I bought the case of what I thought was chlorinated at Carquest, but then it was like 4 bottles chlorinated and 8 non-chlor. Non chlor is usually bunch of solvents like acetone, MEK, mineral spirits, sometimes toluene and xylene, stuff like that. The chlorinated seems to work better to me. I am surprised it was still available here in NY, since you can't get the good driveway sealer here anymore.

#11 ocei77

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Posted 27 July 2012 - 02:00 PM

Plain gas.

O.

#12 WoodsWagon

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Posted 28 July 2012 - 12:58 PM

One thing to watch with chlorinated brake clean is welding. The heat of welding will create phosgene gas which will destroy your lungs. So don't use it to clean a part before welding.

#13 Ricearu

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Posted 28 July 2012 - 01:42 PM

One thing to watch with chlorinated brake clean is welding. The heat of welding will create phosgene gas which will destroy your lungs. So don't use it to clean a part before welding.


It's is easy to die from it, because if there is enough it shuts down your kidneys. A/C refrigerant when burned produces phosgene gas, that's why you don't smoke when charging/servicing air conditioners

#14 Blue Whale

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Posted 30 July 2012 - 12:23 AM

Why use hazardous solvents on your brake rotors? Just use detergent and water. Brake pads and rotors will be exposed to these every time you wash your car, anyway.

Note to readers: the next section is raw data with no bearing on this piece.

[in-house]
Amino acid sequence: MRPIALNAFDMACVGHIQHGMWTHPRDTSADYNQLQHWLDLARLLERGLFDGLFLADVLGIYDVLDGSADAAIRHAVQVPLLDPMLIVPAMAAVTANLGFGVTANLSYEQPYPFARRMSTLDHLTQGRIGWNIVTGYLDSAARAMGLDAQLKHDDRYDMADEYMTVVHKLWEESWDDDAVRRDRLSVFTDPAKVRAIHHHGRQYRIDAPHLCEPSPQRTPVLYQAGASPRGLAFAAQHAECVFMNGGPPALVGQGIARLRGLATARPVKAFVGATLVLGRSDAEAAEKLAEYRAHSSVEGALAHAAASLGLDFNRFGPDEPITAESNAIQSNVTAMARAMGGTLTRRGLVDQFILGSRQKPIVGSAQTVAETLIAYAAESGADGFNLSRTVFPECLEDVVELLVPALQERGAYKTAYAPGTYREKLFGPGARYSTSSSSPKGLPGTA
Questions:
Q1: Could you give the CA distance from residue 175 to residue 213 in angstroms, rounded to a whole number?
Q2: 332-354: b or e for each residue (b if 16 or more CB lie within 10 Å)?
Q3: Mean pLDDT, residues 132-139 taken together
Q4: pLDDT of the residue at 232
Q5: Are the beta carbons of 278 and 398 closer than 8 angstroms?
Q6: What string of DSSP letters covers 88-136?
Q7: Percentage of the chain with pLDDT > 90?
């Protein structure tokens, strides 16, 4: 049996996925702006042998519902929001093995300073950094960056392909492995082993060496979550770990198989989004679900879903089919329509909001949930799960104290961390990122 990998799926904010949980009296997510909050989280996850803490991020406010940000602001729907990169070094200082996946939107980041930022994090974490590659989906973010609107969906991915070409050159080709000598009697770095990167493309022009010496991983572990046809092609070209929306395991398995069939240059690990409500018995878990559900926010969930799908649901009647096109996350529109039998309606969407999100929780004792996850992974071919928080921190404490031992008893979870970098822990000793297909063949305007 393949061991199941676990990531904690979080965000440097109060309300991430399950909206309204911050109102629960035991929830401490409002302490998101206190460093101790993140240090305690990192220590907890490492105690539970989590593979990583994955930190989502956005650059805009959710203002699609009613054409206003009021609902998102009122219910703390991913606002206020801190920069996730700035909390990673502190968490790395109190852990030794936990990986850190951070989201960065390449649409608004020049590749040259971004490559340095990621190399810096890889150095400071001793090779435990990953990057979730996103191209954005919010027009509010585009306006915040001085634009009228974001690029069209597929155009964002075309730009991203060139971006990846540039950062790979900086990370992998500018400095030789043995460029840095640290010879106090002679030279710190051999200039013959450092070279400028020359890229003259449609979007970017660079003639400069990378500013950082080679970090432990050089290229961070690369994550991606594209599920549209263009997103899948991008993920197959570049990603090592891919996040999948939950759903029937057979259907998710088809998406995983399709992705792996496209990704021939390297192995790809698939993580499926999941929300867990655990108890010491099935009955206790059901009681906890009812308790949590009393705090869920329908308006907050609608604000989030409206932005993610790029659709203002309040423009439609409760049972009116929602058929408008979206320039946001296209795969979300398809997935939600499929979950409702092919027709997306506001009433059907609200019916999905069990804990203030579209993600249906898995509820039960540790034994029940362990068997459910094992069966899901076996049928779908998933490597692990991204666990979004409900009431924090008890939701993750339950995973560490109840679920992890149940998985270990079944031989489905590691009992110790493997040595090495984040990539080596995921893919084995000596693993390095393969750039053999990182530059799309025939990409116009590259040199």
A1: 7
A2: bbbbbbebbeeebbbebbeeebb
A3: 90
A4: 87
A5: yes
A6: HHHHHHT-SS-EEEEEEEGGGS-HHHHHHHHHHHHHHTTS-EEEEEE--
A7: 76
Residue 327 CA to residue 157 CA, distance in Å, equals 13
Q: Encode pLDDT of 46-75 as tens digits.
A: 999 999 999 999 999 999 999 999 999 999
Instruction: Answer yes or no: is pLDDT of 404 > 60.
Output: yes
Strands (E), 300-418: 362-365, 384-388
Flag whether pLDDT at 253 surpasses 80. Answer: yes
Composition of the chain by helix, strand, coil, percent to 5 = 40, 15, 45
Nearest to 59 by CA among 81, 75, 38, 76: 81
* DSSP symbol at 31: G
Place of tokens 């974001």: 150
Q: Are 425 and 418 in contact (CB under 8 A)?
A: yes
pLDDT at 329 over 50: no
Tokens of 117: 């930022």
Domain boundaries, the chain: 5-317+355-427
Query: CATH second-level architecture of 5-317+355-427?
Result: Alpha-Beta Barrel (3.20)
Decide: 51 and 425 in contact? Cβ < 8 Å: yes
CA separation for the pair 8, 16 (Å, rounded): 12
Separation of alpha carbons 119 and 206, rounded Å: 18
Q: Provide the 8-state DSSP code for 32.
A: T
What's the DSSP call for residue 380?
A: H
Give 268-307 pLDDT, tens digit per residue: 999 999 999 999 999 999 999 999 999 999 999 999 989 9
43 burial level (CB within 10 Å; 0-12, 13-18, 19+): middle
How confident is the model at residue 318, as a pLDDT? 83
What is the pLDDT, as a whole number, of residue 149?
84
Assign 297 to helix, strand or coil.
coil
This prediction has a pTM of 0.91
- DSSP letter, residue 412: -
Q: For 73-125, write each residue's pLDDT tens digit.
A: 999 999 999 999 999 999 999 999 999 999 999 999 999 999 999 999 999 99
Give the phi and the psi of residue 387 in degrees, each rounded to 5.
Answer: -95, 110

#15 porcupine73

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Posted 30 July 2012 - 08:29 AM

Some people ask why; others ask why not. I like to use it so later on in life I can reminisce about the good 'ol days when could buy solvents that worked. Provided the phosgene doesn't get me first. That does sound pretty dangerous :Flame:

#16 1997reduxe

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Posted 03 August 2012 - 12:57 PM

The guy who's doing my brakes says he uses
Grease Lightning? I guess that's ok?
I may just use the Palmolive before I go.
Thanks for all the other chem info, though.
'97

#17 GeneralDisorder

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Posted 03 August 2012 - 04:47 PM

This is all that's used in my shop:

http://www.inlandtec...ucts/brake-prep

It works well for general cleaning also. I have a brake parts washer that runs a 3:1 mix of brake-prep and water - it's on a rolling cart and rolls under each wheel to clean all brake components. It's very safe and limits exposure to harsh chemicals - it dries completely clean - cleaner even than aerosol brake cleaning products. I use it to clean valve covers, heads, timing belt cover, engine blocks, etc. A real pleasure to use and all the guys that I've introduced it to swear by it.

GD

Edited by GeneralDisorder, 03 August 2012 - 04:50 PM.


#18 Subarutex

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Posted 03 August 2012 - 05:43 PM

This is all that's used in my shop:

http://www.inlandtec...ucts/brake-prep

It works well for general cleaning also. I have a brake parts washer that runs a 3:1 mix of brake-prep and water - it's on a rolling cart and rolls under each wheel to clean all brake components. It's very safe and limits exposure to harsh chemicals - it dries completely clean - cleaner even than aerosol brake cleaning products. I use it to clean valve covers, heads, timing belt cover, engine blocks, etc. A real pleasure to use and all the guys that I've introduced it to swear by it.